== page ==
Fwd: [asa] NASA - Climate Simulation Computer Becomes More Powerful

From: Iain Strachan <igd.strachan@gmail.com>
Date: Thu Sep 10 2009 - 16:14:08 EDT

This was intended for the list, not just Randy. I hit the wrong button!


---------- Forwarded message ----------
From: Iain Strachan <igd.strachan@gmail.com>
Date: Thu, Sep 10, 2009 at 9:13 PM
Subject: Re: [asa] NASA - Climate Simulation Computer Becomes More Powerful
To: Randy Isaac <randyisaac@comcast.net>

On Thu, Sep 10, 2009 at 7:33 PM, Randy Isaac <randyisaac@comcast.net> wrote:
> Yes, you have a good point. Any specific application will probably have a
> more relevant benchmark. Linpack is probably chosen because it is the most
> widely available and gives a common reference point across many
> applications. That's why I said it was a good proxy for a trend. But it
> wouldn't be good for specific quantitative performance of any given
> application.
> Ah yes, the relevance of the topic? I better watch out before I get
> reprimanded by the moderators!!
> No, it's not directly related to science/faith issues but there are many
> indirect implications. One, as Rich noted when he started this, is the
> rapidly growing capability to do very complex modelling, continually
> improving the quality and credibility. Another, totally different,
> implication was brought up by someone a few weeks ago who asked me whether I
> thought the rapidly growing computer performance capability would mean that
> someday computers would outdo humans in mental capability, whatever that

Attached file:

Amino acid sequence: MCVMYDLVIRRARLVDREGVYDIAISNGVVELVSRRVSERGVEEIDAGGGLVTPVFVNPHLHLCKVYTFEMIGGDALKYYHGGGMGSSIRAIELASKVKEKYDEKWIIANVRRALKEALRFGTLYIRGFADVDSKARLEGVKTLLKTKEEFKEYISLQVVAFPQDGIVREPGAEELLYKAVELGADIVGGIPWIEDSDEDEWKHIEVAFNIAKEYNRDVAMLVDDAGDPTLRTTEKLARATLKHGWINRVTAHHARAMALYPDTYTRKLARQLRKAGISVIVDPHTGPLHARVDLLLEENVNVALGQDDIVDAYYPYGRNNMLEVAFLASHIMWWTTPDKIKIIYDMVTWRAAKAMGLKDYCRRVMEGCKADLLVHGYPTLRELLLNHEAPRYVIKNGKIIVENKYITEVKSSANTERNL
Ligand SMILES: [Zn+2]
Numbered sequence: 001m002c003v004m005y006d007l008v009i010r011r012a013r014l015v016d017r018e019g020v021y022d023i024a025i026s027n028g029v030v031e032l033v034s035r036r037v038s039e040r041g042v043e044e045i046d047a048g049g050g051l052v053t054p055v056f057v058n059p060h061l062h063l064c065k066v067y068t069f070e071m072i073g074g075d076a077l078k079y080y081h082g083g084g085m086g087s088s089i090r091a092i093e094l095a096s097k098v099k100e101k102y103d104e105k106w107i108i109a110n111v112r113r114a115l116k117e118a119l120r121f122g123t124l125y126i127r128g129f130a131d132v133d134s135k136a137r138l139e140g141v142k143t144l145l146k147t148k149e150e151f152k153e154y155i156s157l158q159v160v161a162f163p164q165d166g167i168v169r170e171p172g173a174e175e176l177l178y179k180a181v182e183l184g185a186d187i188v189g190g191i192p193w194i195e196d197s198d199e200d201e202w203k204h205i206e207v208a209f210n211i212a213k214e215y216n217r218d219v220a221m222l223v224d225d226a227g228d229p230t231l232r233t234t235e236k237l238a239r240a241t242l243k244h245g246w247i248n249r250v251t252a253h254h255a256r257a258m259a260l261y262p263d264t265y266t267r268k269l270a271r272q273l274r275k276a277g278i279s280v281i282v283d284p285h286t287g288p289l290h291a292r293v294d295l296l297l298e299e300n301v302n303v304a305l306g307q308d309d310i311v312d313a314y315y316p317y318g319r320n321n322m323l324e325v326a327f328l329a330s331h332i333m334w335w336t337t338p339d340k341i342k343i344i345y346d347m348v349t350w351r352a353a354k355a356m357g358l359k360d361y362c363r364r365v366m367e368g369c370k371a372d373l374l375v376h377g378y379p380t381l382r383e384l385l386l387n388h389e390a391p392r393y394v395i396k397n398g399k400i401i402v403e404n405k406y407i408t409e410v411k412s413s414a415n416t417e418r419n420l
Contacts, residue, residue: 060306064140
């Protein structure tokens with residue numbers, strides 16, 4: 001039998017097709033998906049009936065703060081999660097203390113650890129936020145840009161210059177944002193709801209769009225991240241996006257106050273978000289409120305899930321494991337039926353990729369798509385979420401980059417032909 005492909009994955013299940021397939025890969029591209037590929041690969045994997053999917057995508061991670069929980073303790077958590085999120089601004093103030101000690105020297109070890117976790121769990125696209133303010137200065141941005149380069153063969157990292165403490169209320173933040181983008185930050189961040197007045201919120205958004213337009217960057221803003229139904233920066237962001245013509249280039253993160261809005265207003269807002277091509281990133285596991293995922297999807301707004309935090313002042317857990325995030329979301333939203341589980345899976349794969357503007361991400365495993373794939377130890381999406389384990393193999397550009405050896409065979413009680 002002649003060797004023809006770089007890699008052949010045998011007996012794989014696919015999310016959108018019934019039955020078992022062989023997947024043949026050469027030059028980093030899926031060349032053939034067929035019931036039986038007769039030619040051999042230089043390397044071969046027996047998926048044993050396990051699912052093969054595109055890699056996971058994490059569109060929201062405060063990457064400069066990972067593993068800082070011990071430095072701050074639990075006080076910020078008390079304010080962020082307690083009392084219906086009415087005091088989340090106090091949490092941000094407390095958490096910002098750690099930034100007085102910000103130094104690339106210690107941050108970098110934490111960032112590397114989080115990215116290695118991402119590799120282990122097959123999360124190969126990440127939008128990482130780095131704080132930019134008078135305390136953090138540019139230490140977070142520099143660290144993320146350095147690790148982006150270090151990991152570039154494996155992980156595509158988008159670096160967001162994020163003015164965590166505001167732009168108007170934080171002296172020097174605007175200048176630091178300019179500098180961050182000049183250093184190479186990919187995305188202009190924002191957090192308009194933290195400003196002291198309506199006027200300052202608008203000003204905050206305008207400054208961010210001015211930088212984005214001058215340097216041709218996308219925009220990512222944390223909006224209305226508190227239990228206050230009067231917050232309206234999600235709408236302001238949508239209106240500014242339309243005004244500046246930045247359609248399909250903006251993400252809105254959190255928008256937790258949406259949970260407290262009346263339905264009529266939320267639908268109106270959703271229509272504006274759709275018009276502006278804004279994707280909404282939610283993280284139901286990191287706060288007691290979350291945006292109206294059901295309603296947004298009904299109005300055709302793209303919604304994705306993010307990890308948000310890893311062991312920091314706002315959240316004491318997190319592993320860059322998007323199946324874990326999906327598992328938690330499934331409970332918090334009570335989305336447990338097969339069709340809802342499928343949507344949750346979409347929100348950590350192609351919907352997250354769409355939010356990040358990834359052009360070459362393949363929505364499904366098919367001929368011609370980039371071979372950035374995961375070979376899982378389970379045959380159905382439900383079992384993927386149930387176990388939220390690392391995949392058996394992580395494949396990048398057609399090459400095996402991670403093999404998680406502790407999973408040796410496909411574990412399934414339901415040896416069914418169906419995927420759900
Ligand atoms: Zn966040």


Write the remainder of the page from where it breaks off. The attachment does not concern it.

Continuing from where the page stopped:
> might mean. I continue to maintain the answer to that is no, though many
> transhumanists would argue otherwise.

Actually, Randy, there is something that brings this last observation
back on topic.

Although you maintain the answer is "no" that computers would out-do
humans in mental capacity, if the answer turned out to be "yes" it
would be an immediate and complete refutation of Dawkins's famous
"Ultimate Boeing 747 gambit" argument - that the creator must be more
complex than that which is created - presumably we would have created
the computer that outdoes us.

In a weaker sense, the existence of computer chess programs like "Deep
Blue" that beat Kasparov (often thought to be the greatest player
ever) has already refuted the Dawkins complexity argument.  The
programmers of Deep Blue know a lot less about playing chess than does
Kasparov, and if they played against their creation it would crush
them far more easily than it crushed Kasparov.


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Received on Thu Sep 10 16:14:46 2009

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